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Demolition at the site of what will be the new Kings arena is the most visible sign of progress in downtown Sacramento.

"There's gonna be a lot of traffic, many people, but see the thing is when you want progress other things gonna come with that progress," Juan-Pedro Aguayo said as he watched the earth-movers in action.

Two community groups suing over the wrongs they believe might come to Sacramento with that progress got a boost from a tentative court ruling released Thursday as it relates to the arena traffic that could clog downtown streets.

"We're very excited that the judge has found favor on a couple of our points there. What we're really hoping to do is that this will be  an opportunity to bring the city and the Kings back to the negotiating table so that we can see more public benefits come out of the public subsidy that's being used to underwrite the arena," said Darryl Rutherford with the Sacramento Coalition for Shared Prosperity.

Rutherford is part of one of the petitioning groups attacking the city's handling of the environmental impact report for the Kings new home in downtown Sacramento.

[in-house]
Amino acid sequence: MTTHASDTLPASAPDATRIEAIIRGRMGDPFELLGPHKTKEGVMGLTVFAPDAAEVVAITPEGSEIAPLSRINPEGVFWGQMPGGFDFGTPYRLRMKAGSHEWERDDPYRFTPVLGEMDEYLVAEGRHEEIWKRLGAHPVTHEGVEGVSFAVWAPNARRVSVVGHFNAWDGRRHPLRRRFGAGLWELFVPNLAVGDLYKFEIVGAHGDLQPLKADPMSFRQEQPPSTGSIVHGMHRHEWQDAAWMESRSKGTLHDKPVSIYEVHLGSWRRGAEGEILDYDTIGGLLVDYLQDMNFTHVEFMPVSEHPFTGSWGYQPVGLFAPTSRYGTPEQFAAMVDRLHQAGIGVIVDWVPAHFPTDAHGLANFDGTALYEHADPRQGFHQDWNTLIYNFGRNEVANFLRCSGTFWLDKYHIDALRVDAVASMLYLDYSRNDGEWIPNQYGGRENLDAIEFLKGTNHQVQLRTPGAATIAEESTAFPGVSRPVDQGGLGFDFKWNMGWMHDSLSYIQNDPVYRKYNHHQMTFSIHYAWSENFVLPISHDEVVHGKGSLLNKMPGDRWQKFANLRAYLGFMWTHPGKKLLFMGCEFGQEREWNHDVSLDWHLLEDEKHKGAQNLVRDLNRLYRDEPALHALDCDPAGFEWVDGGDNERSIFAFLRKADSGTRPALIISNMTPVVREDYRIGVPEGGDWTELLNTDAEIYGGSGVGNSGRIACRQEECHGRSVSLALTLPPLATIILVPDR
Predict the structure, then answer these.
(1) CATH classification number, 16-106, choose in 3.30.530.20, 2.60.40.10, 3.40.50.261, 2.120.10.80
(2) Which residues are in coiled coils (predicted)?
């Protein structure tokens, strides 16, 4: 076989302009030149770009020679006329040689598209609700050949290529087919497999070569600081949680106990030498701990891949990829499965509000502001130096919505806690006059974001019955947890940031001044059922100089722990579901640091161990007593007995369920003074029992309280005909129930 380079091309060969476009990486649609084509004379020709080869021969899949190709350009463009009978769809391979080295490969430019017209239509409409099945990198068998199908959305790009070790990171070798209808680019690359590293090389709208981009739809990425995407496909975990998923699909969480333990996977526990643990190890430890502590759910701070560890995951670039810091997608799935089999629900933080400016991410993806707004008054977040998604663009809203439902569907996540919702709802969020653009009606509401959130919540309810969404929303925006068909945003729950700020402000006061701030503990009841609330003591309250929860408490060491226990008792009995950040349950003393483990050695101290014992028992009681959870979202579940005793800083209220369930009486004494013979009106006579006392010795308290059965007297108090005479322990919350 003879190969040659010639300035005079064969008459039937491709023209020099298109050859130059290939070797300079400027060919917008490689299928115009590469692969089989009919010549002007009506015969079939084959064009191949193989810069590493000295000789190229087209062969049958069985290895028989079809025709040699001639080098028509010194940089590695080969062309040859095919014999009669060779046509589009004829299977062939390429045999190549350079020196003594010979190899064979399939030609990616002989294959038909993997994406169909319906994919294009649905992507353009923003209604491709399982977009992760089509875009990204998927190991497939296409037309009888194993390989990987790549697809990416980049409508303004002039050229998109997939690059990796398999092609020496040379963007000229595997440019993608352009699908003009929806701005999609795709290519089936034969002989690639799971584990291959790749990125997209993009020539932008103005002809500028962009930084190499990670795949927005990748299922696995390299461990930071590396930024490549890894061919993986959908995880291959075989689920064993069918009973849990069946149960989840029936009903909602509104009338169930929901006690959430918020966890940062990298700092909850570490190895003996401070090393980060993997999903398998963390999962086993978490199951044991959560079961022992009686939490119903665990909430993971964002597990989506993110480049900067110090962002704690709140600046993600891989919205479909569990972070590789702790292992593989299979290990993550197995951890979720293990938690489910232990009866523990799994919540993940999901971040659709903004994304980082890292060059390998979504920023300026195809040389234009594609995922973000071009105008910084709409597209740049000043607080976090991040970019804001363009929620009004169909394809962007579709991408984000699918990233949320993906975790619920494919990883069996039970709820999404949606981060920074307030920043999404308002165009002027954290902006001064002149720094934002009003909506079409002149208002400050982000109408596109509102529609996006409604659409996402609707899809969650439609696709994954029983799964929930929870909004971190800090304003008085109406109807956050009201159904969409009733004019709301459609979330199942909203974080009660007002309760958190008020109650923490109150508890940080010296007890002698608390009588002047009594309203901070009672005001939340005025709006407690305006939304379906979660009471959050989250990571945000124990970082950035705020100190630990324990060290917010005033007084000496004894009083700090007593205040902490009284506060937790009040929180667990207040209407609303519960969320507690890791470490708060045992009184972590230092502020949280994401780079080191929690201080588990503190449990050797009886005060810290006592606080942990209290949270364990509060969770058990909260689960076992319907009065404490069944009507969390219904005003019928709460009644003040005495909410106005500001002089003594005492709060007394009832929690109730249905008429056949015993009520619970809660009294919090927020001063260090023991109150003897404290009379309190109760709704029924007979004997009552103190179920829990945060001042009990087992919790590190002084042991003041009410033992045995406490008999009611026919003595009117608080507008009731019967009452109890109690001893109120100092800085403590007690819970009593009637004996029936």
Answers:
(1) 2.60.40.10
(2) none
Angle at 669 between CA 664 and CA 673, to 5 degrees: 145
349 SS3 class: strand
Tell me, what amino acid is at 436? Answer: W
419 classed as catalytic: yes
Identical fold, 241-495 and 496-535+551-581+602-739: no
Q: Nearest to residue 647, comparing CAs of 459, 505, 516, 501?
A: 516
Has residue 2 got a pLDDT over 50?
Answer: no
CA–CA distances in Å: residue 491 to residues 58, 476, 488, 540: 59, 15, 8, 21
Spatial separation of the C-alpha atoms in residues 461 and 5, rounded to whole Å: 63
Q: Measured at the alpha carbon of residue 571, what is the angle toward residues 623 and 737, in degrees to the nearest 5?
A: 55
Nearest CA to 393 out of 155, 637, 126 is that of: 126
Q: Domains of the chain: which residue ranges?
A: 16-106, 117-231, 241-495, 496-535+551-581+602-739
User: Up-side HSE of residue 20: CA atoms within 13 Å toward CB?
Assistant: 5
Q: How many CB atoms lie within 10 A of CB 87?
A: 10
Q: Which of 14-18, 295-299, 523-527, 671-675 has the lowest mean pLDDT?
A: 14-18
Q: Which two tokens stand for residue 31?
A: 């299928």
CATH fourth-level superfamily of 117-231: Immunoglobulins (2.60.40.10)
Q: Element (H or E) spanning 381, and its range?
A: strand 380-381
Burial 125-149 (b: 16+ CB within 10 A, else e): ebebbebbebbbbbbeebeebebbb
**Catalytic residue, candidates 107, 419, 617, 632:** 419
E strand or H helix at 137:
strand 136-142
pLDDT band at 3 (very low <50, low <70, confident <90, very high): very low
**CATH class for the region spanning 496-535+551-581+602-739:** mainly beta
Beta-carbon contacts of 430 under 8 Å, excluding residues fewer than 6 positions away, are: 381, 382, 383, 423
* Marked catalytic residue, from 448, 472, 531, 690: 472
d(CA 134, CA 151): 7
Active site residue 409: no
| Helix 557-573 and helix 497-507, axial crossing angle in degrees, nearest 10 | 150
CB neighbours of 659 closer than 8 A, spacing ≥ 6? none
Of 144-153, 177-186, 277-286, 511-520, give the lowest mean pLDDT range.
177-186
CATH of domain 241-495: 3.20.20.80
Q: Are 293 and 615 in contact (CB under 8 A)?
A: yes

Thursday, Judge Frawley issued a tentative ruling in the matter that discounts many of their points.

But when it comes to mitigation efforts for arena traffic the ruling says there does seem to be an error in the city's considerations.

Frawley called it an "inadvertent error."

He also says, "the court does not agree however that it is harmless error, as it renders the performance standards potentially unenforceable."

Rutherford says Sacramento forgot all about all those extra uses the arena offers besides the 17,500 official event seats.

"But then they go and state that there will be 2,000 standing room only seats and  potentially an outdoor venue that could attract upwards of 5,000-plus attendees to that as well. that is probably the biggest issue." he said.

Shawn Lynch, known as Mac Shawn in the rap game, is hoping to get booked for a show in one of those venues and that fans could get there to see him.

"Ain't gonna be too bad," he said when asked about a potential traffic nightmare downtown.

As for the city of Sacramento, attorney James Sanchez says "we are pleased with Judge Frawley's tentative ruling and are prepared to address the traffic mitigation questions."

Frawley's already sided with the city quite a bit - tossing claims that the arena plan would hurt access to Old Sac and that affects to Interstate 5 hadn't been evaluated.

The tentative ruling also disregards claims by petitioners that city police had not properly studied and strategized for the potential for crowd violence around the new Kings' facility.